Polar Bear Photos 'Testify to the Beauty of This Fragile World'

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Cubs watch their mother. (Photo: Michel Rawicki/'Polar Bears')

Nature and wildlife photographer Michel Rawicki grew up in Paris, but he has always been attracted to icy landscapes.

He tells MNN that the "call of the cold" appeared when he was 10 years old. He was in the Valley of Chamonix where he discovered the ice cave in the Aiguille du Midi mountain.

"I took the ice in my arms ... and started photographing with my Kodak Starflash Brownie," he tells MNN in an email.

Enthralled by people, animals and icy panoramas, Rawicki said from early childhood he really wanted to photograph polar bears — known by the Inuit indigenous people as "nanuk."

"The encounter with Nanuk has always been in my dreams since I am a kid," Rawicki writes. "In 1992, I had the same chance to discover Greenland and walk on the ice cap; it was also the year when I first meet and photographed Nanuk."

Relaxing in the snow. (Photo: Michel Rawicki/'Polar Bears')

After several decades photographing his favorite subjects, Rawicki shares his images in "Polar Bears: A Life Under Threat," published by ACC Art Books. The beautifully illustrated book contains gorgeous photos of bears playing, lolling, hunting and walking on the ice.

Rawicki says on land, he is only about 100 meters (110 yards) away from the bears. When photographing them by sea, he's often even closer.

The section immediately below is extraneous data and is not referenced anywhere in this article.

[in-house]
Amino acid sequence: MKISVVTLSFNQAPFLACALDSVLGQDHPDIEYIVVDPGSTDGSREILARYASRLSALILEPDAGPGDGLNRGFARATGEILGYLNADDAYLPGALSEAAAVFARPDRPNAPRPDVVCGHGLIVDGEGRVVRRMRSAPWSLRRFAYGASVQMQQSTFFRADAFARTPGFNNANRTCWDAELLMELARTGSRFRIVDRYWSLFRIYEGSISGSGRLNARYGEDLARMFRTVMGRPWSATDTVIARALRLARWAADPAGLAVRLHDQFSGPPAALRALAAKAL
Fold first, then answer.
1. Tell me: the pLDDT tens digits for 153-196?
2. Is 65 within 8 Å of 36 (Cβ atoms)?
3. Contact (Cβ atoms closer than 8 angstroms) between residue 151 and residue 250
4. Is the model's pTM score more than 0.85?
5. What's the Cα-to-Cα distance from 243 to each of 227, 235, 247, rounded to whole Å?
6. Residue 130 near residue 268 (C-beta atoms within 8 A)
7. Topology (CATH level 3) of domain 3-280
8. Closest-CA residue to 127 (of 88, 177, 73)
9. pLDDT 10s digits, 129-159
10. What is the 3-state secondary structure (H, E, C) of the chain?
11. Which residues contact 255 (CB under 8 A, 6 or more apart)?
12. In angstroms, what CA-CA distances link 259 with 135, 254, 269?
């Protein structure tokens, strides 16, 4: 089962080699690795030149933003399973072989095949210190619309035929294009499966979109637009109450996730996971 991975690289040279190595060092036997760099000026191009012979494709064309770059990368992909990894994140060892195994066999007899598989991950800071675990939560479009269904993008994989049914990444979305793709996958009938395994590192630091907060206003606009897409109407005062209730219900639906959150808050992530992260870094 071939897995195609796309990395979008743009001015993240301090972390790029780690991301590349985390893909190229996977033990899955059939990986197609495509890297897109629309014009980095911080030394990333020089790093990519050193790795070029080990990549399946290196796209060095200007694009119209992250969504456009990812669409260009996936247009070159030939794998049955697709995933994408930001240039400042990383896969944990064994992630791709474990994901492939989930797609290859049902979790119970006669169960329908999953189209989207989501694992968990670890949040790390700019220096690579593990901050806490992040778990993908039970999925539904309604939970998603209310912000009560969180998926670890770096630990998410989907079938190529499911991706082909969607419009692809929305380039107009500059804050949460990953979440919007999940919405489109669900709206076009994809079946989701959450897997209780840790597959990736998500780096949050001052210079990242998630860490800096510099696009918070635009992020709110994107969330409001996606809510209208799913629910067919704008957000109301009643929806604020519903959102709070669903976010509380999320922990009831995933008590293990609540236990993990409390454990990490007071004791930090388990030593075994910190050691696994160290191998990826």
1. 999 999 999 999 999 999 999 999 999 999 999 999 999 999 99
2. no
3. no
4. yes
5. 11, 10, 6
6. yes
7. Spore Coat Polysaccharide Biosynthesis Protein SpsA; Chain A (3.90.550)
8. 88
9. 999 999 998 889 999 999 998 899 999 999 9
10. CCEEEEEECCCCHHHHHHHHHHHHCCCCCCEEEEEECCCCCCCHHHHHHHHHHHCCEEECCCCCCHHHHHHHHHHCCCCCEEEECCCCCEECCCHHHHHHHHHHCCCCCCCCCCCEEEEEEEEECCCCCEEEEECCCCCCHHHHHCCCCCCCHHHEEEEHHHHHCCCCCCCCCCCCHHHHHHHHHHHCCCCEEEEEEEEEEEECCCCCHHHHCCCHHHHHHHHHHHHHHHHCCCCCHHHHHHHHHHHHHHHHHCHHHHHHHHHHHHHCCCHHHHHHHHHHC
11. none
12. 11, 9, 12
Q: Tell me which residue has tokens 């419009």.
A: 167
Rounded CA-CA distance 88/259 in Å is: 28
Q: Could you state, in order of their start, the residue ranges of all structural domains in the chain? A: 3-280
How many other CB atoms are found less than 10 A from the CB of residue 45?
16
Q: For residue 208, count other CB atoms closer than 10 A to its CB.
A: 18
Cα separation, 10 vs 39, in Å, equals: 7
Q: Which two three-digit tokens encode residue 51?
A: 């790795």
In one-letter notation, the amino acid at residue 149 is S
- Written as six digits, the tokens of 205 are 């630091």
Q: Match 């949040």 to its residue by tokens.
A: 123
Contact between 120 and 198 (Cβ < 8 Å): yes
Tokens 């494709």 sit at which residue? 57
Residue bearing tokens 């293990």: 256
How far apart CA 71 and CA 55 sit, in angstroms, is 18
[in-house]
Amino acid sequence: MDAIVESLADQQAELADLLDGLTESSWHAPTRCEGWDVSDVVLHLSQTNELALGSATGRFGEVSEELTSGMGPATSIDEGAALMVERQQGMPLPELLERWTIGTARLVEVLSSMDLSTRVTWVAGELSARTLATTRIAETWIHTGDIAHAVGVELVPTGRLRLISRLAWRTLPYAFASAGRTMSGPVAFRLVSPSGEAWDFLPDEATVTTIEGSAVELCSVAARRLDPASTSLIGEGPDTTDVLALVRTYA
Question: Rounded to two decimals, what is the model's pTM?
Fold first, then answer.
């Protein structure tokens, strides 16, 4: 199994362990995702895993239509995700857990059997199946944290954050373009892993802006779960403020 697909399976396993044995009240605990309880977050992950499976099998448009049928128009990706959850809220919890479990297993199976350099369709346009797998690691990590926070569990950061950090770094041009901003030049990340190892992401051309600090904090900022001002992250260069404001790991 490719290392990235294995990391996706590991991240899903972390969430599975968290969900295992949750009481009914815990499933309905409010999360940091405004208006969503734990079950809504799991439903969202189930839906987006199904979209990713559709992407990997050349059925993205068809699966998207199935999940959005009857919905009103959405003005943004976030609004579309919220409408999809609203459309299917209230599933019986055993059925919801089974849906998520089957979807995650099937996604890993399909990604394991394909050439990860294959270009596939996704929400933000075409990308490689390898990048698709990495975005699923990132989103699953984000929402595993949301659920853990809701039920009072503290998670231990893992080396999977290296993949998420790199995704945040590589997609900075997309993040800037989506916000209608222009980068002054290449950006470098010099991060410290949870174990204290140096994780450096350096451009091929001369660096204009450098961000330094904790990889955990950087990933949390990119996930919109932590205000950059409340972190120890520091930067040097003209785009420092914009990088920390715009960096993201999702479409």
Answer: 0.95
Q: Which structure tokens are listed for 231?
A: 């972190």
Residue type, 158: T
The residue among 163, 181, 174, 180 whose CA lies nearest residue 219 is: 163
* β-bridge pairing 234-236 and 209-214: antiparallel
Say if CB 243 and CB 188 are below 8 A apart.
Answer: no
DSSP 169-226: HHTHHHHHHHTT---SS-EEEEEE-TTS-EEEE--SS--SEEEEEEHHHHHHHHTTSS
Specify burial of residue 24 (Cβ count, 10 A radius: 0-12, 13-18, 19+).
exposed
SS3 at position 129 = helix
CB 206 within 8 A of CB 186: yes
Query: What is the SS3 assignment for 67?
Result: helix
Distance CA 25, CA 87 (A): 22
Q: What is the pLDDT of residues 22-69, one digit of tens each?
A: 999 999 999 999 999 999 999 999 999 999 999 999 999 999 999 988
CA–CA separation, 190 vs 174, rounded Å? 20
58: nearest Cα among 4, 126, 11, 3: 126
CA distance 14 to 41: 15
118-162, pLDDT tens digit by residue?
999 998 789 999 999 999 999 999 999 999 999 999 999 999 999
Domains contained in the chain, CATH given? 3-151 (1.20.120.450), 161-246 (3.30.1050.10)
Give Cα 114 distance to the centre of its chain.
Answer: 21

Rawicki shot the photos throughout Alaska, Canada, Norway, Greenland and the Arctic Ocean.

A polar bear peeks out of the snow. (Photo: Michel Rawicki/'Polar Bears')

After decades of shooting in the cold, he typically is prepared and knows what to expect.

"By chance I am not chilly, except when the temperature reaches minus 40/50 C (minus 40/minus 58 F)," Rawicki says.

"Sometimes it is difficult to shoot with polar gloves, that is why I had a serious frostbite and [managed] to lose a finger some years ago in Canada by an amazing 'Northern light night.' Also in 2012, I fell down in the water as I was walking on the ice approaching a baby seal off the Canadian coast north of the Saint Laurent River. I then unfortunately learned to 'swim as a seal.' "

Polar bear under a full moon. (Photo: Michel Rawicki/'Polar Bears')

Because he has been shooting in the Arctic for so long, Rawicki has observed first-hand how polar ice has changed over the years.

"According to scientists, the Arctic sea ice has lost nearly 30% since the 1990s," he says. "Between 1995 and 2006, I saw the pack ice recede north by several hundred kilometers."

A mother lounges with her cubs. (Photo: Michel Rawicki/'Polar Bears')

Rawicki says he hopes to create images of special, gentle moments.

"It's having the privilege to capture and share private moments of great emotion because everything not shared or given is lost," he says.

A bear rolls in the snow. (Photo: Michel Rawicki/'Polar Bears')

Rawicki explains what he feels is his job as a photographer.

"To be aware of the changes taking place and to testify to the beauty of this fragile world."

A polar bear is tucked in some greenery. (Photo: Michel Rawicki/'Polar Bears')
Polar bear cubs follow their mother. (Photo: Michel Rawicki/'Polar Bears')